Real horror: Paid-for journalism, clickbait bounties
“We make up horrors to help us cope with the real ones.” — Stephen King
I was born on Friday the 13th. Whenever my birthday has fallen on that mystical night, I’ve celebrated whenever possible with a marathon of old horror flicks, especially the slashers: “Friday the 13th” (of course), “Nightmare on Elm Street,” “Halloween,” “Hellraiser.”
I’ve grown accustomed to horror, but two recent stories have me shivering under my blankets.
First, a dispatch from the New York Times — which was tipped off by a story from the Lansing State Journal’s Carol Thompson — identified 1,300 websites around the country that look like genuine local news sites but actually are political operations populated by stories from desperate freelance journalists paid to write hit jobs (read the full story here: https://tinyurl.com/y4wjc7dh).
Then came a story from the Sacramento Business Journal about McClatchy’s efforts to tie reporter pay to the number of page views reporters generate (https://tinyurl.com/y2zv2hnb).
Masked men with machetes hiding under your bed is one thing, but those two stories are far scarier, because they have long-lasting implications on the integrity of the free press in this country.
I spent most of my career working for Gannett, the McLean, Virginia-based owner of USA Today, the Detroit Free Press, the Lansing State Journal, the Battle Creek Enquirer, and dozens of other publications around the country. Gannett’s papers put together some of the best in American journalism, and the resources of a major media conglomerate come in handy.
As far as I know, I was never denied a raise or promotion because my Web traffic was too low. But I soured on the company a few years ago when, during a 90-minute corporate virtual “town hall,” the only person who even mentioned the word “journalism” was the corporate lawyer.
Instead, the big-wigs in McLean talked about “customers,” “consumers,” and “users,” which only reminded me of the monthly reports I had to fill out, telling my editors about my stories’ Web traffic, how many Twitter followers I had, how many Facebook likes I received. Nowhere on those forms could I mark the stories that led to bills being introduced in the statehouse or to the termination of corrupt officials.
Now, I’m smart and pragmatic enough to understand newspapers are a business, and we newsroom folks can’t do our jobs — informing the public, holding the powerful to account — if the good folks in our advertising and circulation departments don’t bring in enough money to keep the lights on.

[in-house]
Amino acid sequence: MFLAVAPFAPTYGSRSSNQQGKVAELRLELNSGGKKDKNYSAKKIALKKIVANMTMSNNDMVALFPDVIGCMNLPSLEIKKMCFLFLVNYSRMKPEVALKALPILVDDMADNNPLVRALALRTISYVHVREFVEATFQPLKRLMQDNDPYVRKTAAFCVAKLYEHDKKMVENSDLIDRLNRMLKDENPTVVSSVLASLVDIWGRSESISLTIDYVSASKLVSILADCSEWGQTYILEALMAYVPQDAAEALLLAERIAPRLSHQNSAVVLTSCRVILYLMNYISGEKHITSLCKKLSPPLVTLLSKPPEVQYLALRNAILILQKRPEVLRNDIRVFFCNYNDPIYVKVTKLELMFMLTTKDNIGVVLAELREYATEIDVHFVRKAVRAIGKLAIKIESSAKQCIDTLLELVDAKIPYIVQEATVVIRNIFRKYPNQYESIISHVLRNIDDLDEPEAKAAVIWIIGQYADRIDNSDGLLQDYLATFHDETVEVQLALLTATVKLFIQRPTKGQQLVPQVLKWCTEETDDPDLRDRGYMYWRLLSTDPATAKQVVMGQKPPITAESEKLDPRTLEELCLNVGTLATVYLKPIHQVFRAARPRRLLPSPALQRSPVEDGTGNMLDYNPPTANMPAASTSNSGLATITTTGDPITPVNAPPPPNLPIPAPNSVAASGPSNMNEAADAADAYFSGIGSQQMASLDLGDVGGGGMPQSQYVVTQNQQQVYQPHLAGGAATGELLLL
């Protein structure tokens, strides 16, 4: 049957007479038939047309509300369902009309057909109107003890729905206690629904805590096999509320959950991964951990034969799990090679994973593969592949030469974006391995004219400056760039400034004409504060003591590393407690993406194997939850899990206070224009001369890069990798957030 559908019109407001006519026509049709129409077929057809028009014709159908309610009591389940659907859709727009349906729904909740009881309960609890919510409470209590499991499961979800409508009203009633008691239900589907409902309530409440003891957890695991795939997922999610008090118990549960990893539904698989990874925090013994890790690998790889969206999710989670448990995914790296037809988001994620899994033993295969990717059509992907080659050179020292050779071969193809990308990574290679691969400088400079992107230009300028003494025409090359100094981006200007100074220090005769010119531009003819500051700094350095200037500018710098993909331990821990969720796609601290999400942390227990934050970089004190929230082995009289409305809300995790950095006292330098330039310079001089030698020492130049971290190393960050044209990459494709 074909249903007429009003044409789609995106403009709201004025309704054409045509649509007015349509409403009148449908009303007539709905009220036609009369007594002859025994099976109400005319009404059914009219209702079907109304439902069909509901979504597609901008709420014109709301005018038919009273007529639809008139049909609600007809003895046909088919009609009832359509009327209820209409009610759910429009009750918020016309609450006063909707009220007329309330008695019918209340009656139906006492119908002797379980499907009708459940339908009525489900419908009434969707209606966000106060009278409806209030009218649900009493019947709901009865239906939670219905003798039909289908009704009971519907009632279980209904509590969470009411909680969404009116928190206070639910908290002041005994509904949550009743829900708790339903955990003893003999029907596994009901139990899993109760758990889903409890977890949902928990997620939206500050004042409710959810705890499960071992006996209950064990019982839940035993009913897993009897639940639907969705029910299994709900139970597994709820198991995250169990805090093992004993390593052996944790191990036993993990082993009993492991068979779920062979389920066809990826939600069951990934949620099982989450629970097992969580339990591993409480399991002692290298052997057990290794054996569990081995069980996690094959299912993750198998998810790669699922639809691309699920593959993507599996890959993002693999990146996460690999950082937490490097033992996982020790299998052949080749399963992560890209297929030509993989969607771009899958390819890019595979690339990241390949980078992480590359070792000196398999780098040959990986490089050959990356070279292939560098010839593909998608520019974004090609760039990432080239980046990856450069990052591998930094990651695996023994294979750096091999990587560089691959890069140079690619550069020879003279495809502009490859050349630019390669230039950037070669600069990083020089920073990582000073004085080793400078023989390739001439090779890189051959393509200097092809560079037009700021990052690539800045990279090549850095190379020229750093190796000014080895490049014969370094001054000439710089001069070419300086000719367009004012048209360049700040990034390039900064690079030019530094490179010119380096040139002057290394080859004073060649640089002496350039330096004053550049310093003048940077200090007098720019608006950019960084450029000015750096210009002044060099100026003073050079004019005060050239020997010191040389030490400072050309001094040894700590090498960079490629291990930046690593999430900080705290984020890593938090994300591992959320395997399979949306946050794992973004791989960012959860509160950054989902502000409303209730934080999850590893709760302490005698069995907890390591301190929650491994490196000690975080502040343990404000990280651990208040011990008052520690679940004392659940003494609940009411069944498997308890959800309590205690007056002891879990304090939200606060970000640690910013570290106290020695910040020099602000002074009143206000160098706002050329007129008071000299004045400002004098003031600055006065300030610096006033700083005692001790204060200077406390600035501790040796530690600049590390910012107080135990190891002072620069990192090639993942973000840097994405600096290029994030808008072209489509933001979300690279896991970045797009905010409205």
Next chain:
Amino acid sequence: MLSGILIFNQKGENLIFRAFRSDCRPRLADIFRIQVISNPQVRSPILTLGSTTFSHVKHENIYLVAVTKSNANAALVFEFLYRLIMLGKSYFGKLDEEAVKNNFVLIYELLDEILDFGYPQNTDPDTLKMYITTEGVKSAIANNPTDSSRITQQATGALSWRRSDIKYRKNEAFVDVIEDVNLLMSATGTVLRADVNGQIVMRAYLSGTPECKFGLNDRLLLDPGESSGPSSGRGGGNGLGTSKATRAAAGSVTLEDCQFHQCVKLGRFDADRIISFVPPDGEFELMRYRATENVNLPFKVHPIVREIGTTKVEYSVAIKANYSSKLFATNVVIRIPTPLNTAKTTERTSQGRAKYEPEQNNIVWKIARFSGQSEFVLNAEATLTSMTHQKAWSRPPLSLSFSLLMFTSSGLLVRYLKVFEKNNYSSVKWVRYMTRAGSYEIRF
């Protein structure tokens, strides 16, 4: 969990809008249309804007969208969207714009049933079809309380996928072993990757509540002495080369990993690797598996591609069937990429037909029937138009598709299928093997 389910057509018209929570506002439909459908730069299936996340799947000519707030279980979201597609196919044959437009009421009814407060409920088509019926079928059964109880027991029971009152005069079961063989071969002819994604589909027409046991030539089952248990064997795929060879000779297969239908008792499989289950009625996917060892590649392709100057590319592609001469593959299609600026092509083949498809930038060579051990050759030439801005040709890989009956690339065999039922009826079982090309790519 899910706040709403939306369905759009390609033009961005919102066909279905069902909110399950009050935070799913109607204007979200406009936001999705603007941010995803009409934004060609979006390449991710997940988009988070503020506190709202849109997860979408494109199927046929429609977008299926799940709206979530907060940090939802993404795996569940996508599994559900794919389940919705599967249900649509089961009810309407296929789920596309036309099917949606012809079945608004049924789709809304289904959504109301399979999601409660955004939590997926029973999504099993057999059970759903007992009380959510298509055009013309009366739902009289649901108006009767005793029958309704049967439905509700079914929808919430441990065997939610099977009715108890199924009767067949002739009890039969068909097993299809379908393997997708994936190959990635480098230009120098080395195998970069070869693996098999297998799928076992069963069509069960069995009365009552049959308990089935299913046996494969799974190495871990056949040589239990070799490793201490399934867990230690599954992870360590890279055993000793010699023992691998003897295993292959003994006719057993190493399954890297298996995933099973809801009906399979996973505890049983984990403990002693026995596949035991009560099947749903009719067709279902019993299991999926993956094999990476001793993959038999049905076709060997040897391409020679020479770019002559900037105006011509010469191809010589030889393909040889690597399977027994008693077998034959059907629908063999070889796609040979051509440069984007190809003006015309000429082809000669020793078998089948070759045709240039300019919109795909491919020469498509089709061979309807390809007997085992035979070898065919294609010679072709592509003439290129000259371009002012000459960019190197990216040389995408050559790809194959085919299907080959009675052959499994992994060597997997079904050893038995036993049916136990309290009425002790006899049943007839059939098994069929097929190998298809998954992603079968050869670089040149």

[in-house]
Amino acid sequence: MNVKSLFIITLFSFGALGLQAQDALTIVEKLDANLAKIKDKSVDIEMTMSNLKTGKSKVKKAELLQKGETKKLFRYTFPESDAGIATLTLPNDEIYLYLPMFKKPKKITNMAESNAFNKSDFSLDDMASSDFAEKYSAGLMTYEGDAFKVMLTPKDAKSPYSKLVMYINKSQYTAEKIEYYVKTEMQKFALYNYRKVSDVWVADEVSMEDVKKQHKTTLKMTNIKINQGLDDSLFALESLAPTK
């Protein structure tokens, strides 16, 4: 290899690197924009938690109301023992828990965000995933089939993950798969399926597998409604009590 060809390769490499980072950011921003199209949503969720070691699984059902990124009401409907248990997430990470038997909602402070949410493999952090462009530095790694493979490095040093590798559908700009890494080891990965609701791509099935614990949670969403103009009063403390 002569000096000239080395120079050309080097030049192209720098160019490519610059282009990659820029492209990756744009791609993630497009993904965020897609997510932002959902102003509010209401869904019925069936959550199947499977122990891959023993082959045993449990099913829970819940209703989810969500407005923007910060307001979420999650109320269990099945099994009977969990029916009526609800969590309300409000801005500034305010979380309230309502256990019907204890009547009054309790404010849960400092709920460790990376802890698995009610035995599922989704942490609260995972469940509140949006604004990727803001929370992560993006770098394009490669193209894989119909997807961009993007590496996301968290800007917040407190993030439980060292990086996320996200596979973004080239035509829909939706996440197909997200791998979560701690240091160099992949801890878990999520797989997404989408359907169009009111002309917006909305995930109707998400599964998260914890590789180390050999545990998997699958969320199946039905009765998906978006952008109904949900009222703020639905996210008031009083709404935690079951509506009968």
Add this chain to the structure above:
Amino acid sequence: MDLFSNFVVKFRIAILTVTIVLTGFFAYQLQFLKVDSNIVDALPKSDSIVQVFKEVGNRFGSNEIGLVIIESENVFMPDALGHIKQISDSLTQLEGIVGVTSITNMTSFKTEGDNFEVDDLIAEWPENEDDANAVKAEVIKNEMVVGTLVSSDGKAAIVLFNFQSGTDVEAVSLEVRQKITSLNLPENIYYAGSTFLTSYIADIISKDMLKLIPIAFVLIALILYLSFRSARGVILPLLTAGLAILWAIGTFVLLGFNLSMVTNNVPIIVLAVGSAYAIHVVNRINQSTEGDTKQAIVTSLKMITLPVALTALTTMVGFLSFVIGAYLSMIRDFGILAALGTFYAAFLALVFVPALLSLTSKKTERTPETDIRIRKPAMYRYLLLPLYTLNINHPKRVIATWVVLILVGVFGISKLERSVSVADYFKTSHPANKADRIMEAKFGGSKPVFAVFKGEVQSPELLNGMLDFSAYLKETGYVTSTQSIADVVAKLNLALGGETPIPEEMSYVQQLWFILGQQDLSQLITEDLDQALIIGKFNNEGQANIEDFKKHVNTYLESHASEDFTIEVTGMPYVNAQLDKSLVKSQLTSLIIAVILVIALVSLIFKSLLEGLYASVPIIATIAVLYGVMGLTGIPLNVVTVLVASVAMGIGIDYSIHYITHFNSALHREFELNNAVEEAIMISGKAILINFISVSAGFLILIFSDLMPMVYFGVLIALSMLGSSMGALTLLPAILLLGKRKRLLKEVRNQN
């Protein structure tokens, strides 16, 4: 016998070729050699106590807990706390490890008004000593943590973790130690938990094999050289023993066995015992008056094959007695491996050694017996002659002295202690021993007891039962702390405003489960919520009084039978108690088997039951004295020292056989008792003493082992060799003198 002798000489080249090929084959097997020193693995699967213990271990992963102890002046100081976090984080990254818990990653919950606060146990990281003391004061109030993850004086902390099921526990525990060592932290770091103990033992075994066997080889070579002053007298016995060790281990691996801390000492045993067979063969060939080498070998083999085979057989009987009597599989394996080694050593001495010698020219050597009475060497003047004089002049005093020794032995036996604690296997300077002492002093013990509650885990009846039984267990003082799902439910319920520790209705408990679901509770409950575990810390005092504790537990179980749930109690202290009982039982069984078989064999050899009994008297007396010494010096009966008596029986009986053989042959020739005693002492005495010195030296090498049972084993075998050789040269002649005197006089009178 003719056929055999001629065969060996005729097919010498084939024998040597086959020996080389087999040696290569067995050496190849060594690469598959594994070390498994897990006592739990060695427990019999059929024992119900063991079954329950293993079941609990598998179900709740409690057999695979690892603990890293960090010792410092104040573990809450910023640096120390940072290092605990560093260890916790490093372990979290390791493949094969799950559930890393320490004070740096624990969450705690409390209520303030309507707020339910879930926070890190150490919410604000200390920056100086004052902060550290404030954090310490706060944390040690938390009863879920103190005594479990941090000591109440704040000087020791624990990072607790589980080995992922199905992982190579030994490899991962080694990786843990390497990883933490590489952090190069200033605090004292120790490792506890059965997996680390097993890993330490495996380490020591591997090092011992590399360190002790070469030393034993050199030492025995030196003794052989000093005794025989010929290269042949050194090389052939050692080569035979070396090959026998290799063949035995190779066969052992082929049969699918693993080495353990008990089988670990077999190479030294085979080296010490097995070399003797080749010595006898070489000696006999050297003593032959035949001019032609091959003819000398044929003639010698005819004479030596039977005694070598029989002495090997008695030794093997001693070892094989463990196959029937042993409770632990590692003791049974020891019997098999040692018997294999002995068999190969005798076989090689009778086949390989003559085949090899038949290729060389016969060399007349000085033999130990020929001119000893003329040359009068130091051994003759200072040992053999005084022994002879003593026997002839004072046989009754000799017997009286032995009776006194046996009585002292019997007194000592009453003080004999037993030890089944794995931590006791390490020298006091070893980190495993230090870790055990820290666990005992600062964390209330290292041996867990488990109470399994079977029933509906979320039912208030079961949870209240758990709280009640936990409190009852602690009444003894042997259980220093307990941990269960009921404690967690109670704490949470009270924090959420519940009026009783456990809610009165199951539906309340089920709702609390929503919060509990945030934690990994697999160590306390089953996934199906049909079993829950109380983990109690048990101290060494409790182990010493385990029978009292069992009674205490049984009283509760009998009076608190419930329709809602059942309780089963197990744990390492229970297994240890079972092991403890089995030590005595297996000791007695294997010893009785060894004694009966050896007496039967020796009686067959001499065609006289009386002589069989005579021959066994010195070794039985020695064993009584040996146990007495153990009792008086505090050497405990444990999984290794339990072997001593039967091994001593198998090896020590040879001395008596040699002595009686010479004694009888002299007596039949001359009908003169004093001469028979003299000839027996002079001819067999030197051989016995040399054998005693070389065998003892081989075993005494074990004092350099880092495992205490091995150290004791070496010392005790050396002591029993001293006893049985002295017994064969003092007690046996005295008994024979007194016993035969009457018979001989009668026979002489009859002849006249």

But I’ve always thought newspaper companies spent too much time trying to force the mission to fit the business model, instead of the other way around.
Page-view obsession doesn’t necessarily produce bad journalism. My most-read-ever story was a hard-hitting piece on sex trafficking.
But you might end up ignoring impactful stories.
Some of my least-read series of stories, for example, covered an obscure bit of boilerplate language in a state budget that would have privatized health care for some of the most vulnerable Michiganders. The stories were not big hits online, but they informed the affected population, who showed up at the statehouse to express their displeasure and forced the Rick Snyder administration to try to develop a compromise.
If my pay was linked directly to how many times my headlines were clicked on, I might have ignored those stories, and all of those people might never have gotten the chance to have their say.
It’s not a good business model, anyway. Newspapers have been chasing page views for years, and still thousands of good journalists have been kicked to the curb. First went the higher-paid vets with all their experience and expertise, and then the young, hungry up-and-comers with their heavy college debt.
With all of those out-of-work journalists sitting out there, I imagine it hasn’t been hard for those shadowy political organizations to find writers willing to turn out copy for any kind of paycheck. Shame on those reporters for abandoning their principles, but I understand the impulse.
In Lansing, whenever I’d get worked up about the page view obsession, my editor would soothe my wounded idealism by saying, “If there are 100 good stories out there you could be writing, why not write the one that people are going to read?”
That makes sense, in a way. Being mindful of traffic doesn’t mean you have to write clickbait about kittens playing the piano every day. No newspaper has the resources to write all of the legitimately meaningful stories, so chasing the ones that register with readers isn’t sacrilegious — so long as the page view is a guide, not a mandate, and it’s paired with journalistic instinct for what readers need to know.
We look at page views here in Alpena, but only as one tool to help us figure out which stories are worth more of our time and which ones can be relegated to roundups of local government or school board actions or police blotter. And, as long as I’m sitting in this seat, we will never give up the important stuff — see today’s front-page story on county finances as an example — for the sake of Web traffic.
Justin A. Hinkley can be reached at 989-358-5686 or firstname.lastname@example.org. Follow him on Twitter @JustinHinkley.